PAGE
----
Leakproof Valve

Ned Davis
Maui Innovation Group Inc.
Kihei, Hawaii

Valves often develop leaks as they age. This is disruptive, wasteful, and can cause damage in residential settings, but can be far more problematic in industrial applications. Factory lines may need to be shutdown to repack or replace valves resulting in lost production. Leaks can cause environmental damage and safety issues. In extreme cases, such as semiconductor manufacturing, even microscopic leaks can be fatal.

Most traditional valves have two moving seals: The seat where the flow of material through the valve is allowed, controlled, and shut off, and the stem seal that keeps the material from leaking out the penetration for the handle. A higher percentage of the leaks encountered in real-world valves are associated with the stem seals than the seat, because the stem seals tend to entrain dirt and grit from the surrounding environment, which erodes the mating surfaces over time — causing the seal to degrade and leak.

Previous seal-less valves often employed bending or flexing components such as bellows or membranes that can degrade or fatigue also causing leaks over the long term if not carefully monitored. Previous generations of magnetic valves operated in a linear solenoid on-off manner, and/or had limitations making high-temperature operation difficult to achieve, precluding hermetic sealing such as brazing or soldering the valve body shut, and often requiring continuous power to maintain their position.

Previous magnetic valves often had torque limitations and lacked effective methods to break free badly corroded valves that hadn’t been actuated for a long time. These limitations curtailed the practicality of previous generations of sealed valves and limited their application to niche markets.

Inventor Ned Davis’s recent work changed all of this. Rather than relying on pairs of opposing magnets facing each other across a sealed interface, his design creates a magnetic flux circuit that is completed thru a magnetically asymmetric core within the sealed valve — magnetic poles outside of the sealed valve interact with each other via a magnetically conductive path traversing the valve — and this magnetic flux path has preferred orientations. This novel approach allows the magnets to be placed outside of the sealed portion of the valve and away from temperature extremes and caustic working fluids.

“We were on the deck of a boat off the coast of Oahu working on a wave energy harvesting project that I was doing for the Office of Naval Research 15 years ago or so, and my technicians were spending more time fixing and draining that machine than it was spending in the water generating any energy,” said Davis. “I said to myself that there must be a better way, and I thought of those little magnetic pellets spinning in laboratory beakers and came up with a magnetic coupling instead of a packing. Then we applied it to magnetic valves and magnetic gears too,” he added.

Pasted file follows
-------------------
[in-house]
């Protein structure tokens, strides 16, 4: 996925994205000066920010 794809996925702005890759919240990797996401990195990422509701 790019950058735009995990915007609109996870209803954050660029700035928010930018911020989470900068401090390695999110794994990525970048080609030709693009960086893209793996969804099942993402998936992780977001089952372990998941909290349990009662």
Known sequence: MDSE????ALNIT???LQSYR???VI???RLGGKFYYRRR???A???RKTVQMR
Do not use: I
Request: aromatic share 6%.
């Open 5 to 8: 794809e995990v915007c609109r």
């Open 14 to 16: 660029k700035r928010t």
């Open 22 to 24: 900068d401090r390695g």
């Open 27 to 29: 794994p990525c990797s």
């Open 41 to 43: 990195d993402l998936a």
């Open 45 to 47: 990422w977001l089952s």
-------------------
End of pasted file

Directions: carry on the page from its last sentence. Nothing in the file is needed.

Because there aren’t any permanent magnets inside the sealed valve, the valve body can be sealed shut, for example, via high heat processes such as welding that would ruin many permanent magnets — especially modern powerful neodymium magnets that tend to have very low Curie temperatures (the temperature at which the magnet would lose its magnetism and need to be re-magnetized). Furthermore, the Curie temperature of modern neodymium magnets is so low that they typically could not even be employed inside steam valves, nevermind welding, hence sacrificing many of the most important applications. These valves suffer no such temperature limitations.

Key technical challenges in bringing this technology to market include the risk of stuck valve conditions, challenges of creating and testing the valves in operational conditions, including material compatibility requirements, torque requirements, and safety requirements imposed on valves in real-world conditions especially handling dangerous substances.

According to Davis, they have six U.S. patents and 13 international patents on this technology as of now. “We have sold a few valves to end users such as big petrochemical companies for evaluation purposes, and we have built prototypes and experiments for big valve manufacturers such as Emerson, Crane, and Flowserve. We hope that one of these companies will license or buy the patents from us in the future — I think that is a much more realistic commercialization plan than trying to manufacture large quantities of valves ourselves,” he said.

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